LibreOffice Version Control

Lately I’ve been looking at different ways to do version control with office documents. I’ve been interested in this because I write stories and it’s nice to be able to see my work as I go along.

I’ve found two different way to do this.

Internal

The first method is using OpenOffice/LibreOffice’s own internal version control system. It’s pretty simple. You just enable the recording of changes under:

Edit > Changes > Record Changes.

You can adjust how it saves the changes, and how it displays them.

Once you’ve done some changes to a document, you’ll want to use the Accept or Reject Changes window to pick the changes you want to keep (probably all) and to make a checkpoint.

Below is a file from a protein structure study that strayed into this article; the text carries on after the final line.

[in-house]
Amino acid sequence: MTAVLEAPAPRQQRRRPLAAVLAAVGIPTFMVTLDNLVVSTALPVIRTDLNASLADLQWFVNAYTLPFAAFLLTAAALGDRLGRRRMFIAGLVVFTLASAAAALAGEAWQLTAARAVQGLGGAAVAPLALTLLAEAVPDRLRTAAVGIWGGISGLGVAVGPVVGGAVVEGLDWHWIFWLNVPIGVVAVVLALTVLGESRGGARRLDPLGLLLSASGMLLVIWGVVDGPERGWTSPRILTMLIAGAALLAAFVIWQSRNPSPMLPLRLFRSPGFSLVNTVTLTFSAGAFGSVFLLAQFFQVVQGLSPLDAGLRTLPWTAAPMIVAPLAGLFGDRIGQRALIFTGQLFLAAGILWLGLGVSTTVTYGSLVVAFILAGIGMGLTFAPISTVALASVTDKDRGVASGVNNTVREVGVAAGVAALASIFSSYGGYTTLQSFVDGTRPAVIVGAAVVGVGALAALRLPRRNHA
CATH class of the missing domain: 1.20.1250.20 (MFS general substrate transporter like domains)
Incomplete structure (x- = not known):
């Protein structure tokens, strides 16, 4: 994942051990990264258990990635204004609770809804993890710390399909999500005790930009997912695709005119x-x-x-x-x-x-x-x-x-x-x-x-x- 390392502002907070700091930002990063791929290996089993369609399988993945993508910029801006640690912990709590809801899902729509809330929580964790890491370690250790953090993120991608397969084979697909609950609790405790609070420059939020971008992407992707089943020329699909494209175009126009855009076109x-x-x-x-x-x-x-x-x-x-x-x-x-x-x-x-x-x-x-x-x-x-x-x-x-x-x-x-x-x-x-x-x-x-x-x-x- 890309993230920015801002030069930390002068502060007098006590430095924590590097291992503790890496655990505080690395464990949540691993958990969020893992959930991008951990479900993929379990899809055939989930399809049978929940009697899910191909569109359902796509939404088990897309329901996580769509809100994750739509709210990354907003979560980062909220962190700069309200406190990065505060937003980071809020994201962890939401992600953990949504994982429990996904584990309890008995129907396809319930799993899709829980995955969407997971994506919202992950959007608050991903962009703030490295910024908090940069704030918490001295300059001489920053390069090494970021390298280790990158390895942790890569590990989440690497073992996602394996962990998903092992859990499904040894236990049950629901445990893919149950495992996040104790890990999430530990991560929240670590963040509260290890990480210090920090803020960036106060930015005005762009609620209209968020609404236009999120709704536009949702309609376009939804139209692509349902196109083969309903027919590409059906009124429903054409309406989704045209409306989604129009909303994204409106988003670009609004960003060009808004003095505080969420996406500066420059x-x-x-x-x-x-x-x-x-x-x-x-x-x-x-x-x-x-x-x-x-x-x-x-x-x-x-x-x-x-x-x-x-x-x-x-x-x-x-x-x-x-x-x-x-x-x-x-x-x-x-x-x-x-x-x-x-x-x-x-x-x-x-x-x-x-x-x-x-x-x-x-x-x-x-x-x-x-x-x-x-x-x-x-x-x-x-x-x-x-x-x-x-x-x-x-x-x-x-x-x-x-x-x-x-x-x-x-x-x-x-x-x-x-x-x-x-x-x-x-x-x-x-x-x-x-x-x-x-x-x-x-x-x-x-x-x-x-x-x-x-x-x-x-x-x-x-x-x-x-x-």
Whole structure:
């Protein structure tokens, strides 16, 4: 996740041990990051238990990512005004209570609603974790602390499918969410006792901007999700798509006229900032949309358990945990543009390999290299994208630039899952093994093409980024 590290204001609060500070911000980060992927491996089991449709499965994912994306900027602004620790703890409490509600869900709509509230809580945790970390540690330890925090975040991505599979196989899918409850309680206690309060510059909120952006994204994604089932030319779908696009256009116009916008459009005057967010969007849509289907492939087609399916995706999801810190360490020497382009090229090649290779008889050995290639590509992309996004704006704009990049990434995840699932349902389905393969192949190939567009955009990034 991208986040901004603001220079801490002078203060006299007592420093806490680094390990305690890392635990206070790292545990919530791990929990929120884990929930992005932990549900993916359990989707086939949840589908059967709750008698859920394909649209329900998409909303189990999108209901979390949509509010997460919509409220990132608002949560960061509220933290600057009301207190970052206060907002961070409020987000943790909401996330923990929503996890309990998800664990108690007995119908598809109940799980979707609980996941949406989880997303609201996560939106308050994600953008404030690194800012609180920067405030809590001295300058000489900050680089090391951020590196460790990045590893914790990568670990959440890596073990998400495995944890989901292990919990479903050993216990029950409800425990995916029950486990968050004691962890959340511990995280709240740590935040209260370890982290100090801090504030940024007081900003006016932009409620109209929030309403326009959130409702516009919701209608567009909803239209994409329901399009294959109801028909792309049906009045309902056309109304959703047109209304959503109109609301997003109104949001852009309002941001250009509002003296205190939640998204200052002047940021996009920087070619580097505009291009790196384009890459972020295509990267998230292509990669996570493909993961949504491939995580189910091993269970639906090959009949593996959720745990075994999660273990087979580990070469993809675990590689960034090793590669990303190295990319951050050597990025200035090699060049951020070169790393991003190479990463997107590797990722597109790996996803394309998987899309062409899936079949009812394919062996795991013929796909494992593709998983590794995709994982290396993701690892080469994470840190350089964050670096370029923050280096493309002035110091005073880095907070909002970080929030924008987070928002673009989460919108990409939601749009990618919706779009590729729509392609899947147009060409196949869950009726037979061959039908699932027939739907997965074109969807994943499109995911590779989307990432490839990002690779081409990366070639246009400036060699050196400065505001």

You can read more about it here.

Git

Woah! Git? I thought this article was about document editing, not… code.

Well, text is text. But the issue with git is it uses text files, and Open/LibreOffice is zip file of documents.

If you use it straight, you’ll just see this when you commit:

Binary files "a/overview.ods" and "b/overview.ods" differ

However, using some text processors, we can easily get it to show us what’s being changed. First, install odt2txt and xmllint. Then put this program in your path:

#!/usr/bin/env sh
# place this file to ~/bin/odf2prettytxt and have ~/bin in $PATH 
set -o errexit
odt2txt --raw "$@" | /usr/bin/xmllint --format -

The program parses the document into text. We just need to tell git to use this new program for office docs:

git config --global diff.odf.textconv "odf2prettytxt"

And in our .gitattributes we add this so it knows what types of files it has:

.ods diff=odf
.odt diff=odf
.odp diff=odf

And finally add this to .gitignore so it won’t show up in the commits:

.~lock.*

That’s it. Now we can record the changes as we write the story, making it much easier to go back and get back that really cool passage.

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